Pastoring an Elderly Congregation


At 33 years old and pastoring my first church—a congregation of a little over 100 with roughly 70% over the age of 60—I found myself struggling to understand the balance between my roles as the leader of the congregation and respecter of my elders. How am I to lead an elderly saint who has faithfully followed Christ for more years than I have been alive? What should I say and not say in my first meeting with the deacons, most of whom were humbly serving the church while I was still watching Saturday morning cartoons? I struggled with these questions and hundreds like them during my first year as pastor. It wasn’t until I rediscovered every middle schooler’s favorite life verse that I was able to move past some of my insecurities.

In 1 Timothy 4:12, Paul instructs another young pastor, Timothy, on how to relate to an elderly congregation. He writes, “Let no one despise you for your youth, but set the believers an example in speech, in conduct, in love, in faith, in purity.” As a young leader, this verse gave me both encouragement concerning my ability to lead and a framework for directing my actions. The following is practical advice centered on the five areas identified in this verse:


Communicate a clear, biblical vision.

Realize that older church members have lived through numerous church fads. They’ve tried bus ministries, used flannel boards, and started coffee shops, but more than a new program or a new method they need to be given a clear, biblical vision. Work on refining this vision so you can articulate it with clarity in both public and private settings.

Preach expositionally.

There is great value in preaching expositionally through books of the Bible, but there is a particular value for young preachers that are leading older congregations. Mark Dever and Greg Gilbert highlight this advantage by pointing out how this method “protects us from being ‘blamed’ for preaching hard passages at particular times” (Preach: Theology Meets Practice, 67). As you move your elderly congregation toward health, there will undoubtedly be issues you’ll need to address and areas that need to change. Preaching expositionally helps your congregation see that you are allowing God’s Word to guide the change.

Engage elderly in conversation.

Let’s face it. For many pastors, it’s easier to stand before their congregation and preach than it is to engage members in personal conversation. This issue seems to be magnified even more when there is a significant age gap between the pastor and the congregation. Paul challenges Timothy to overcome the social awkwardness that comes with addressing the older members of his congregation by stating that he should set an example in his speech. Younger pastors must live with the assumption that they also are charged with engaging all of their members (even the elderly) in gospel-centered conversations.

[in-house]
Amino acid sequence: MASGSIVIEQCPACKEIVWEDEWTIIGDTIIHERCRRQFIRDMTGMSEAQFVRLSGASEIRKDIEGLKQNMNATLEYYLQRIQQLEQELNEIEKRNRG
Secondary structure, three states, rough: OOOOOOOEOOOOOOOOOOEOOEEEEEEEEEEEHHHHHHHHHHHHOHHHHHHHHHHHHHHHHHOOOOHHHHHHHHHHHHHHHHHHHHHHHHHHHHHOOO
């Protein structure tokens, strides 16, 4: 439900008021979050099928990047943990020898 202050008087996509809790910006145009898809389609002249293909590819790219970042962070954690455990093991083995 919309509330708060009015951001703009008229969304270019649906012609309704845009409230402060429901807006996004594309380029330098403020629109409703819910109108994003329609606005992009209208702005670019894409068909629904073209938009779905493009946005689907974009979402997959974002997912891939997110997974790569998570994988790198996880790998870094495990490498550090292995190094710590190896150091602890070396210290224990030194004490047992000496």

Show humility without undermining authority.

C. J. Mahaney says that, “Humility is honestly assessing ourselves in light of God’s holiness and our sinfulness” (Humility: True Greatness, 22). Most pastors agree that we should practice this type of humility in our service. However, I’ve found that with young pastors there are two dangers to avoid when working with the elderly. The first is operating out of a lack of humility, which ensnares many young pastors who over-estimate their abilities and their role in the shepherding process. The second is a false understanding of humility that wrongly equates humility with a passivity. With the second error, a young pastor may fail to lead his elderly congregation out of a fear of being perceived as arrogant. Young pastors must find the balance of leading with genuine conviction and humility—just as Jesus did.

Act responsibly.

Rightly or wrongly, many older church members have the perception that the younger generation is lazy and disrespectful. Younger pastors should be conscious not to give credence to these stereotypes. Take simple steps such as being on time, dressing respectably, and working diligently to help maintain respect for the position of responsibility you have been given.

Manage your home well.

Elderly church members have already experienced how difficult it is to manage a home well. As such, they can respect a young pastor who is able to faithfully love his wife and diligently train his children. Always remember that your ministry begins at home, and in so doing, you’ll earn the respect of your older church members. 


Think “sheep,” not “project.”